Sunday, February 5, 2012

Up by their bootstraps!

You go to omnibus dance shows featuring emerging choreographers with hopes that you'll catch someone worth following. Last night, The Bootstrap Festival--a multidisciplinary showcase created by the New York Foundation on the Arts--devoted an hour to short pieces by five up-and-coming dancemakers, all women, at Joyce SoHo.

Ephrat "Bounce" Asherie, whose solo Brothers I enjoyed at Dixon Place last year, led the evening with Sonatina (in three movements), a title offering no hint of what would come. The Israeli-born dancer, steeped in the ways of hip hop and club dancing, is compact and forceful. In Sonatina, she flings and splatters angular movement against space but manages to do so with wit, musicality and the kind of upfront, audience-snaring presentation I associate more with jazz dance than contemporary dance. Bounce is, I think, working on being a star and should get there in due time. I also liked Cristina Jasen's Mouth for String, a quintet that displays a sensibility that's intriguingly off-centered and roomy. Discover this artist.

Caitlin Trainor's (un)Square dance is a refined modern-ballet hybrid for a quartet of women--Alison Cook Beatty, Aditi Dhruv, Julia Lindpaintner and Leslie Ziff, all lovely performers. Trainor has a fresh eye for picturesque lyricism and unusual transition but deserves a conclusion that doesn't look pat, like a quick snip and tuck.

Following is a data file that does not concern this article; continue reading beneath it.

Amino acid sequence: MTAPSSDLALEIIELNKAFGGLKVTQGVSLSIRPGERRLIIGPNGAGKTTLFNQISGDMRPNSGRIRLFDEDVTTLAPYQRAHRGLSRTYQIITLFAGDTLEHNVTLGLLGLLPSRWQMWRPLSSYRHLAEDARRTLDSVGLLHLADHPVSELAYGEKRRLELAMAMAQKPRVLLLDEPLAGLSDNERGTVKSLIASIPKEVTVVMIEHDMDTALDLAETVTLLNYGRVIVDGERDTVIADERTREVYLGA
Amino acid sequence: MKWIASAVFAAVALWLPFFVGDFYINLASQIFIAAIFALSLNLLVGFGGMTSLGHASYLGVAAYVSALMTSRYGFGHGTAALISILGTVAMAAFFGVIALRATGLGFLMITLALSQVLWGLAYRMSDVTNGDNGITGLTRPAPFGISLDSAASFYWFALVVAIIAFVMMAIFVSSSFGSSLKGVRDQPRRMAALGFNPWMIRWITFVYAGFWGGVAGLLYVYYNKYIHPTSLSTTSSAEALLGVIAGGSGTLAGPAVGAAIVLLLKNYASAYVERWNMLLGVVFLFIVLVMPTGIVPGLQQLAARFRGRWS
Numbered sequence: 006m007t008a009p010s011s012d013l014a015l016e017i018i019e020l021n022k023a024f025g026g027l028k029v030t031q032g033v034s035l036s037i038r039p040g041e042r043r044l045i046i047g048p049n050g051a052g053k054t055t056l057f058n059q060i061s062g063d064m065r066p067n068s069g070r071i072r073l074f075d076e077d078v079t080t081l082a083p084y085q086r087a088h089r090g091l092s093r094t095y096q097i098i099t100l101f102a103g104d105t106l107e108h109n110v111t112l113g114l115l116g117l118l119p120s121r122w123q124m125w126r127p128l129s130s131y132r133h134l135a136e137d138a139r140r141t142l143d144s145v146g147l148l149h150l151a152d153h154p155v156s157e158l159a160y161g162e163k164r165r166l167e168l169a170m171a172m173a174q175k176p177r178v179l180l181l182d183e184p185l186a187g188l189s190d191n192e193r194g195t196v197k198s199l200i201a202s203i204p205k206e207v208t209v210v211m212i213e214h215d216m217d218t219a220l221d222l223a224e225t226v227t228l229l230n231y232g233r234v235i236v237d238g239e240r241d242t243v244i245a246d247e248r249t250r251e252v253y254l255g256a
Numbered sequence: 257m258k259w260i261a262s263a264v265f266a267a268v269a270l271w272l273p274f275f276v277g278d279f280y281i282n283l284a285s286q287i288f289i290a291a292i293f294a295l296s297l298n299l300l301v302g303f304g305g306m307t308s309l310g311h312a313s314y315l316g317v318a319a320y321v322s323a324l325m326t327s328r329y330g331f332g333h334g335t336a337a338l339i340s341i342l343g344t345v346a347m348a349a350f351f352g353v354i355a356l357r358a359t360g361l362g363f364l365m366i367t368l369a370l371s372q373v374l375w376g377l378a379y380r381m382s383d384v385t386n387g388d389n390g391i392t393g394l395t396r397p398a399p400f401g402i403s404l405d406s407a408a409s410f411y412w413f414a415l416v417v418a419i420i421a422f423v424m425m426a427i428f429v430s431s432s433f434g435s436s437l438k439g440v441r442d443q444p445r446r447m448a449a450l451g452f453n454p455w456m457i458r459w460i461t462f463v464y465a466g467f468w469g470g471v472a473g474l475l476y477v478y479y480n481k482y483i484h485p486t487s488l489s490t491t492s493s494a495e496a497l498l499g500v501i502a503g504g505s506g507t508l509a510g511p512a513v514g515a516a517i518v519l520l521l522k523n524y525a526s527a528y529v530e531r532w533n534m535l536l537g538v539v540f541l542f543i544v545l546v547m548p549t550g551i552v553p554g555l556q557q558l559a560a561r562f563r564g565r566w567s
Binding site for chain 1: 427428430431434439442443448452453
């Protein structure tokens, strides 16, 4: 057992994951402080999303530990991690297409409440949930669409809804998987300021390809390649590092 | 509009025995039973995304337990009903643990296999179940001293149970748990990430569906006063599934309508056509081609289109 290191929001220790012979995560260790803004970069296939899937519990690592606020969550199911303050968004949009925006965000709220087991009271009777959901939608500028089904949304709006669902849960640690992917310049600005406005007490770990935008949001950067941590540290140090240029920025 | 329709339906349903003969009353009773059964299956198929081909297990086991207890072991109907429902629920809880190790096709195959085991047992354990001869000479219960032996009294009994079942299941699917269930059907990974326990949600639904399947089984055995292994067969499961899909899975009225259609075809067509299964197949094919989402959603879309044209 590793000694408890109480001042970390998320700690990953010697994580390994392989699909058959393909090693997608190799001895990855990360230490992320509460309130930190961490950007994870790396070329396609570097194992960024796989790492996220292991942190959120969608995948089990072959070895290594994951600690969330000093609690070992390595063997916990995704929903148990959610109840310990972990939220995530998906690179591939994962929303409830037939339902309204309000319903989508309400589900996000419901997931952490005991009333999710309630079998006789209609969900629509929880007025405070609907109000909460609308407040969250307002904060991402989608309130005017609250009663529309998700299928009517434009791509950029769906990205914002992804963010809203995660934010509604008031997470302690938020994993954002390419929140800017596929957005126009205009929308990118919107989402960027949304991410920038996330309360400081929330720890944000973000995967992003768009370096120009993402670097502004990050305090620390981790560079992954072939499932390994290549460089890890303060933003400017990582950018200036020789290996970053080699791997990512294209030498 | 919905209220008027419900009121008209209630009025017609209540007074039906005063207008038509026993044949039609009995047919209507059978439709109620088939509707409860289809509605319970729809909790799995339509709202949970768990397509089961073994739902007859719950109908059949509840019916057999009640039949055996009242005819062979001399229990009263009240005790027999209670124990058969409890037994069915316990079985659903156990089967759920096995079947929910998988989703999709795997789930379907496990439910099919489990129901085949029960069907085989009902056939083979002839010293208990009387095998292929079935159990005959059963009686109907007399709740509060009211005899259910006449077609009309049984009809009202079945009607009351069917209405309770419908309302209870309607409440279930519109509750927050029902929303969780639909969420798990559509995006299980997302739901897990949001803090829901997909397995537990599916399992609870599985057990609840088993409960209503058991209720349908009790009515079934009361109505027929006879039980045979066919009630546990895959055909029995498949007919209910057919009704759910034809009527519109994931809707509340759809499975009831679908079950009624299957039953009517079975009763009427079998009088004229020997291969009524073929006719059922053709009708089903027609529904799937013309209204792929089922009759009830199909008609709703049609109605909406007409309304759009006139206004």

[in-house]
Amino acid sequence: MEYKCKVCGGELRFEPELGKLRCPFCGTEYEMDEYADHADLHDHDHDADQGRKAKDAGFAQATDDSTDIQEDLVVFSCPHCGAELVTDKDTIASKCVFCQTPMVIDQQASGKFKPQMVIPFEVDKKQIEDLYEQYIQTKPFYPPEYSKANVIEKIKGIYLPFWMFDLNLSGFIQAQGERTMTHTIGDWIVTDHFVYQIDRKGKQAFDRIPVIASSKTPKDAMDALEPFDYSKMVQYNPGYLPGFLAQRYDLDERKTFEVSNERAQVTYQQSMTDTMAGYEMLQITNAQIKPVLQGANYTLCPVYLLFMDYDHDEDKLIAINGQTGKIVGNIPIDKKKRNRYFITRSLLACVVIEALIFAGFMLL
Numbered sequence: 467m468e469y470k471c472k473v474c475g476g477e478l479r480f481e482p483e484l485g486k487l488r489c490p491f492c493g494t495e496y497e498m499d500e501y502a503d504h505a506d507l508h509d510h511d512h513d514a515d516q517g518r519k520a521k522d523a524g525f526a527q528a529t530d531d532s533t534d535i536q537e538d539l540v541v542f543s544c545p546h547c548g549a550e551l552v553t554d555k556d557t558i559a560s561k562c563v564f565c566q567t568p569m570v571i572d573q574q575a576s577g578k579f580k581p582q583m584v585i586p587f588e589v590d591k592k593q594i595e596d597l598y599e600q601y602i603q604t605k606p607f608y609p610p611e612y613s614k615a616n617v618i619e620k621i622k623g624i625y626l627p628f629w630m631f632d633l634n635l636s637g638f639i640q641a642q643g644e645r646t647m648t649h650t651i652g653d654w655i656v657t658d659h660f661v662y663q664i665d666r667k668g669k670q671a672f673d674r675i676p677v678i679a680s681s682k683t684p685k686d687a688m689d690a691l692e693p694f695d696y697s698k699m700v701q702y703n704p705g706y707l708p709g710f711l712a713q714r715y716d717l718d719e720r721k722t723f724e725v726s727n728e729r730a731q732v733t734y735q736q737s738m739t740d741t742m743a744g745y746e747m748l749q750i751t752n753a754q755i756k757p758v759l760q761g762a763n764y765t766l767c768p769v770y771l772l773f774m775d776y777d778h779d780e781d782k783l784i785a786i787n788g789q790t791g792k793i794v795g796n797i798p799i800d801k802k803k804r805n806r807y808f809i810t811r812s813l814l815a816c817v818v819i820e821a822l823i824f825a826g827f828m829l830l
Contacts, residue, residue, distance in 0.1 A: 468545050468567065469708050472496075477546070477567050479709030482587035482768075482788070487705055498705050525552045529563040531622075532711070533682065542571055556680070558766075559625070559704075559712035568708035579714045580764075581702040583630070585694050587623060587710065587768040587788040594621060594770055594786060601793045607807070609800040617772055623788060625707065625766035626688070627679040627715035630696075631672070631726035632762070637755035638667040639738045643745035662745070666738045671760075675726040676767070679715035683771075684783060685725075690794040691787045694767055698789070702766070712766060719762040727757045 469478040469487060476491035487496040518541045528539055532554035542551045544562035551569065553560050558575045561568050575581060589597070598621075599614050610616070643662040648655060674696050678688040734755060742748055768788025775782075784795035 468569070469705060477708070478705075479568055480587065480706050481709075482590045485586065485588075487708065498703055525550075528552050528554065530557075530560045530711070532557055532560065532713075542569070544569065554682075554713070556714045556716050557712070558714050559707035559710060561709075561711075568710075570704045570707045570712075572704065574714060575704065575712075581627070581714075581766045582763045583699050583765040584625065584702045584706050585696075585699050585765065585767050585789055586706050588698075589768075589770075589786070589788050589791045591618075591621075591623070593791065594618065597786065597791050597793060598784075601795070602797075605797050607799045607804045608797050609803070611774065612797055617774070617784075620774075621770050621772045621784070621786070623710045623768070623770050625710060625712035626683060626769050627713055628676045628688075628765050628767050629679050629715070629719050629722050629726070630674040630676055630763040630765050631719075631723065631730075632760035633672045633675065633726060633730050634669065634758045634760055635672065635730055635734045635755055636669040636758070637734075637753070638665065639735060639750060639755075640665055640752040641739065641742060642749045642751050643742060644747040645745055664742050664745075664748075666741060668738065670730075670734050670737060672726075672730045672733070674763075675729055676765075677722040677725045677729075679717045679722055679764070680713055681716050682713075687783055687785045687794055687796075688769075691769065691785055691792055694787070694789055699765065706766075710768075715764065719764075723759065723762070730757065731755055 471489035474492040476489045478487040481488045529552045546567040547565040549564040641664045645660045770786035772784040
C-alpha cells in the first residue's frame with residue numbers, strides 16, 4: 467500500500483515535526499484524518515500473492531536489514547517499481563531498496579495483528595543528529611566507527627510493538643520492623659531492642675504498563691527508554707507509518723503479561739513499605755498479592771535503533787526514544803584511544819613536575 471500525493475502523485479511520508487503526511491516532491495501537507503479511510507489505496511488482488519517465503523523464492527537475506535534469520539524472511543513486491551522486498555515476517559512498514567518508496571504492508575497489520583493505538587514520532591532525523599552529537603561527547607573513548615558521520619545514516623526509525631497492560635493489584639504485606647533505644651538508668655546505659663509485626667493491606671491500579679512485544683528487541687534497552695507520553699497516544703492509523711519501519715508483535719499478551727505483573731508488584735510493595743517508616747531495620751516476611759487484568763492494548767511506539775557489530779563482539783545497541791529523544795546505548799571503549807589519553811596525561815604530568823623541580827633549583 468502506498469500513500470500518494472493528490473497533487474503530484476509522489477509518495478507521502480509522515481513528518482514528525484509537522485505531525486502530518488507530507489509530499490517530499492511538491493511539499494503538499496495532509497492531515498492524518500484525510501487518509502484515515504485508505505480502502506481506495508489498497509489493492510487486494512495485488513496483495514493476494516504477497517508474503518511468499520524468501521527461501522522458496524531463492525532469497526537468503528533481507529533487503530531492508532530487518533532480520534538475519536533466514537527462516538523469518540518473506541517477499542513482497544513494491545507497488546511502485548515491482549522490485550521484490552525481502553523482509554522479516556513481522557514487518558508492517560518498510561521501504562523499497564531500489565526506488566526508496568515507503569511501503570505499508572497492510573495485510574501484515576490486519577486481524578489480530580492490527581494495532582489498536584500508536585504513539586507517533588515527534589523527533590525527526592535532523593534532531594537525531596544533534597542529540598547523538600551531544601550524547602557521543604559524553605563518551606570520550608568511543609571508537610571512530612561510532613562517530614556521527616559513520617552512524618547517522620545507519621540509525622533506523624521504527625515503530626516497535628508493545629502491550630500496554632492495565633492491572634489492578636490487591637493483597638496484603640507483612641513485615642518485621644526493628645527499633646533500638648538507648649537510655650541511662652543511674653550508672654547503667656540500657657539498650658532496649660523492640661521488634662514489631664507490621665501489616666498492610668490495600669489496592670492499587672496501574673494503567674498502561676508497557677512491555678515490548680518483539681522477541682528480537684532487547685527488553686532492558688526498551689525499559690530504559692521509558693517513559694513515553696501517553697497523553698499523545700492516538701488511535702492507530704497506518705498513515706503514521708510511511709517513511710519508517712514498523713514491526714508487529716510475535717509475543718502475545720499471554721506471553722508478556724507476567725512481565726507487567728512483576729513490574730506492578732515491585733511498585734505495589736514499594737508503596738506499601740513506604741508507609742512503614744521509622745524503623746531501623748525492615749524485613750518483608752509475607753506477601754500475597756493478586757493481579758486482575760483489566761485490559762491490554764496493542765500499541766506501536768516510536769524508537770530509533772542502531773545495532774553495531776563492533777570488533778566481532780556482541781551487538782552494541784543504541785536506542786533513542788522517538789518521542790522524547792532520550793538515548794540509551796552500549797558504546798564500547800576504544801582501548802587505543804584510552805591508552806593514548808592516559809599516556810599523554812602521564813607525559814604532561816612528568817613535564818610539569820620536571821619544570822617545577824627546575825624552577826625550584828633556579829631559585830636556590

Sydnie L. Mosley showed an excerpt from The Window Sex Project which raised a bunch of questions for me, including: Who are the four women in this piece? Are they sex workers (sort of judging by their costumes and the title)? Or are they everyday Black women who, as can happen, get showered with all kinds of verbal harrassment, like the ones litanized here, from Black men just for simply walking down the street? I ask because not only the costuming but the flow of the dance blurs these identities. The overall loopy chorus line vibe and neutrally energetic dancing also makes me wonder: What's Mosley's point of view? That doesn't really become clear until the very end when actress Leah King delivers her final line, "Is this the kind of culture we want to see?"

Throughout Shandoah Goldman's vivid ensemble piece, 23 skiddoo, I kept thinking of Pina Bausch (wacky doings among women in evening gowns and their dashing dans) and wondering if I should be tickled or alarmed by the clever resemblance. I still haven't decided. But if Goldman can marry an original vision to the kind of brazenness on display in 23 skiddoo, I'll certainly want to see more.

The Bootstrap Festival continues through February 18, culminating with a "Celebration of Movement and Interdisciplinary Art" at Brooklyn's new Cumbe: Center for African and Diaspora Dance. For complete schedule and venue information for all festival events, click here.

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